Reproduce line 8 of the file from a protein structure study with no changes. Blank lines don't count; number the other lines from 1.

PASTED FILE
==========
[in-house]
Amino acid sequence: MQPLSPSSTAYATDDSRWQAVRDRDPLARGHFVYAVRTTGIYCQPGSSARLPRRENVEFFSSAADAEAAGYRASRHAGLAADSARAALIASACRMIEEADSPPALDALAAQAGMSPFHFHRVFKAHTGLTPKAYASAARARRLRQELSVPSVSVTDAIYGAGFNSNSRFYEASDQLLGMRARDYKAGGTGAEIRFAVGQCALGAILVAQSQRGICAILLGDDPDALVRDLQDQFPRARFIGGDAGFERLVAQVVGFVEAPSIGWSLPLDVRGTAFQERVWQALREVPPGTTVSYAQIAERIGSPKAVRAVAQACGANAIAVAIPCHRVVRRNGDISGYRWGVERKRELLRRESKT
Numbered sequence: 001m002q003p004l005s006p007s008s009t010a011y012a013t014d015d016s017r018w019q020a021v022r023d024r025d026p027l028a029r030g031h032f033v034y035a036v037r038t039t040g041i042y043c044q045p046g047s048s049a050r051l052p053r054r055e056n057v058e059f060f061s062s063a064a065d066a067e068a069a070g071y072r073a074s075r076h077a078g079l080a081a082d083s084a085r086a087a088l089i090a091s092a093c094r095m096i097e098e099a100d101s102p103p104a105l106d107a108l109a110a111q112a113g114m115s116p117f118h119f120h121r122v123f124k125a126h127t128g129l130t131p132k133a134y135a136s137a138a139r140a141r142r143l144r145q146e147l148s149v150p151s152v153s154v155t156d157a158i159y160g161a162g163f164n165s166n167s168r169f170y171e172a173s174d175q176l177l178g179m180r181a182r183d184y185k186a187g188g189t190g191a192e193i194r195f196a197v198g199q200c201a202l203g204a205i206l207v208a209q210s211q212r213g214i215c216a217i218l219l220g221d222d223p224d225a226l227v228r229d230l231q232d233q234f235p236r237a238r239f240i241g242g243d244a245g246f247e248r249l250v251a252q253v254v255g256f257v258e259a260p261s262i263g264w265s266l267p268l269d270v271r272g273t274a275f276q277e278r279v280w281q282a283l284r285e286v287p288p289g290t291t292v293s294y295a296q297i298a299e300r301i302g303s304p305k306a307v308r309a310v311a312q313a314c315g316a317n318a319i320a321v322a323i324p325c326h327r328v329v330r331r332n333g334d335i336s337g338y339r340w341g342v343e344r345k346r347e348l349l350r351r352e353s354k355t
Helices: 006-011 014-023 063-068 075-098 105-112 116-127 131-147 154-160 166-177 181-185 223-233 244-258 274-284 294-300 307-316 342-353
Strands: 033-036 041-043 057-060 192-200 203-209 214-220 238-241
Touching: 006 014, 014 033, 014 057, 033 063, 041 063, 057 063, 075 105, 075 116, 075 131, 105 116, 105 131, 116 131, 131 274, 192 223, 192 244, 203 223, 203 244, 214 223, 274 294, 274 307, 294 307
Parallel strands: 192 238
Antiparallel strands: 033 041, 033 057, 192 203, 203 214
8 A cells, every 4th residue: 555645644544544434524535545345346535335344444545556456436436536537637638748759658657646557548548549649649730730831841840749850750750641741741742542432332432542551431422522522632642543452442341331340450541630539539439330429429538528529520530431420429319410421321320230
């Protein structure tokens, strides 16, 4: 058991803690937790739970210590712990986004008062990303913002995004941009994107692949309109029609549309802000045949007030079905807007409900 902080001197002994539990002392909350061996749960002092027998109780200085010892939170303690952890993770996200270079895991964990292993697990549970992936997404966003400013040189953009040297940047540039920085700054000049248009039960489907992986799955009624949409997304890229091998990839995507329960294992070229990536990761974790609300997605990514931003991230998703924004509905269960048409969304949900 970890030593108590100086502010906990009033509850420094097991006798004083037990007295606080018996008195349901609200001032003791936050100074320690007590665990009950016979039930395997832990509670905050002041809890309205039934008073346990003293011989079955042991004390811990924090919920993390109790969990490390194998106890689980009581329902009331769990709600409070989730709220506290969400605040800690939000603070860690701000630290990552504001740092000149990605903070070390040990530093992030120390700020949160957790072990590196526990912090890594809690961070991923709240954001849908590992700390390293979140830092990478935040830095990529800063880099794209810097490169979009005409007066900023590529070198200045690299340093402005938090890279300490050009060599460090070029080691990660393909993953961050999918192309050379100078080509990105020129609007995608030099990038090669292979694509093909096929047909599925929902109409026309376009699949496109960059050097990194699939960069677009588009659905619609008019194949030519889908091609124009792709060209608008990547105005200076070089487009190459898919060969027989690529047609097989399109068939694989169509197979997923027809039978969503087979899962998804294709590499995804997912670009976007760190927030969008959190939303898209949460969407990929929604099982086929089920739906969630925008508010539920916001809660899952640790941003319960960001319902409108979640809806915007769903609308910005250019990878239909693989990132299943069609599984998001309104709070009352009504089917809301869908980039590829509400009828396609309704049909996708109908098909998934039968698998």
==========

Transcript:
Antiparallel strands: 033 041, 033 057, 192 203, 203 214